There is so much confusion surrounding the difference between retinol, retinoids, and tretinoin that they are often used interchangeably by mistake. While these are all topical treatments that improve skin turnover and skin texture, they differ in strengths, benefits, and even drawbacks. Here is a quick guide on what these three skincare ingredients are and how they are similar yet different.
Retinoids are a class of chemical compounds related to vitamin A. Retinol and tretinoin are actually first-generation retinoids. Because of retinoids’ ability to increase cell turnover, the compound is used in the treatment of common skin conditions such as acne, psoriasis, and skin wrinkles. Retinoids come in cream, gel, and liquid form and are sold over the counter. Essentially, retinoid is the umbrella term; under it, you will find retinol and tretinoin.
Tretinoin is a medical-grade retinoid medication that is available in cream, gel, and liquid form. It’s widely used in the treatment of acne; it clears pores and prevents pimples from developing. It’s also used for anti-aging; it reverses sun exposure damage and treats wrinkles and rough skin.
Retin-A is such a popular tretinoin brand that it’s become the eponym for tretinoin in the same way people refer to tissue as Kleenex or a bandage as a Band-Aid. However, there are other tretinoin brands such as Avita, Tretin-X, Atralin, Refissa, and Renova. Generic tretinoin is also available and will likely cost less than a brand name tretinoin.
Like most medications, tretinoin comes in a range of strengths. A lot of people become obsessed with the strength of these products, thinking they need prescription-grade tretinoin to achieve results faster. However, stronger is not always better. Even in small dosages and strengths, tretinoin can have side effects that range from minor skin irritation and chronic peeling to severe adverse effects and long-term irritation. Though severe side effects are uncommon and minor side effects are temporary, you should trust your doctor when they prescribe a specific strength and dosage, even if it may seem low.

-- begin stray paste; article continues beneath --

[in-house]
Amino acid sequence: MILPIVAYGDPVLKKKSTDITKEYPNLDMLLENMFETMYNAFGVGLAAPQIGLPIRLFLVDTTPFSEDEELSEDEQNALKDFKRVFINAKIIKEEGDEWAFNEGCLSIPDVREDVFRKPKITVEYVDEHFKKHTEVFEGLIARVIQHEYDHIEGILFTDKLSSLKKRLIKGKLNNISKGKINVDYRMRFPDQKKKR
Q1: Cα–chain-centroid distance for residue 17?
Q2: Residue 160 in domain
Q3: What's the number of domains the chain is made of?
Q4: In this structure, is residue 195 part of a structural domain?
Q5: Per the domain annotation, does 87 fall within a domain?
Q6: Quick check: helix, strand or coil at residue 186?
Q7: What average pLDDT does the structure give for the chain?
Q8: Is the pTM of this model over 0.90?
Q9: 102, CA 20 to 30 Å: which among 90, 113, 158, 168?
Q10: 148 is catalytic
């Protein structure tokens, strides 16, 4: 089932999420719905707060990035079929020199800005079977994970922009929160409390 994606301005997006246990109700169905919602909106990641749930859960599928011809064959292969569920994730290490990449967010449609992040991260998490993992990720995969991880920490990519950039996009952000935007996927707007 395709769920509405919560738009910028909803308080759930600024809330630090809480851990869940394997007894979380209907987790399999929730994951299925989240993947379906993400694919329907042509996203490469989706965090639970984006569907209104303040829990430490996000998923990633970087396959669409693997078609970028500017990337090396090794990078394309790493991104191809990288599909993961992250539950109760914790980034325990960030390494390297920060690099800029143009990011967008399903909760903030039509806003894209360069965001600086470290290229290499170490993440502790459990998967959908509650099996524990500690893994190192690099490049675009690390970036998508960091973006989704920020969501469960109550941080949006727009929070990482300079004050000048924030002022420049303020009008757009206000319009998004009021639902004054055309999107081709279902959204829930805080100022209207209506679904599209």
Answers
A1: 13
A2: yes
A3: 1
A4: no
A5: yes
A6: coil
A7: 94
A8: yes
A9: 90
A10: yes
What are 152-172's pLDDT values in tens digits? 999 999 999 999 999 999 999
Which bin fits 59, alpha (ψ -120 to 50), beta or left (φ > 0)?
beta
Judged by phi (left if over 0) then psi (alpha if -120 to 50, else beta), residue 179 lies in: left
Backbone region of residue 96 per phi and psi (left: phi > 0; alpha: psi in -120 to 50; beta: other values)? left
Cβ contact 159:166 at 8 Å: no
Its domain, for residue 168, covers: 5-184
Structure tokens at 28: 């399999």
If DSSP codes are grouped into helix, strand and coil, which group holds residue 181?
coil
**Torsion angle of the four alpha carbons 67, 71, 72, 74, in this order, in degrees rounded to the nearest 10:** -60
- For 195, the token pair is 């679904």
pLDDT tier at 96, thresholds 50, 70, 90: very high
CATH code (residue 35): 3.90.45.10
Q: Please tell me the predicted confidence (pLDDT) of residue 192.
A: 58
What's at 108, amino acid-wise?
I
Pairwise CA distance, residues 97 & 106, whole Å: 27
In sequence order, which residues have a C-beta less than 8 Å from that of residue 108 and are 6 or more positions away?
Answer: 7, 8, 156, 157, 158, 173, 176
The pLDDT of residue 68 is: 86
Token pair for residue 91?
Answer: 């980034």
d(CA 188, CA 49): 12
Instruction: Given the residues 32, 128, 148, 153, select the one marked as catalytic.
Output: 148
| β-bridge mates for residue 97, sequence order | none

Retinol is the talk of the town because it is naturally gentle and has been used for over 30 years to help treat fine lines and wrinkles. Retinols are available in creams, oils, and serums. If there is any skin redness and irritation, it is typically minimal. While Retin-A (tretinoin) may be considered more potent in strength than retinol, this doesn’t necessarily mean it’s more effective. Ultimately, it boils down to what is most suitable for your skin. In general, retinol is best for those with sensitive skin.
Retinol has become the gold standard in skin care for its ability to minimize the breakdown of collagen, improve skin cell turnover, prevent and treat acne, and solve skin issues such as hyper-pigmentation, rough skin, old acne scars, and dryness.
Unlike Retin-A that requires a prescription, retinol is available over the counter. While it will come in lower strengths, retinol products also typically contain moisturizers or emollients that minimize skin irritation and other side effects common in tretinoin use.
Do you want to learn more about skin cell turnover, wrinkle prevention and reduction, skin texture improvement, acne, and collagen production? Contact CüR Laser and Skin for a free consultation. Call (604) 662-7368 or email email@example.com.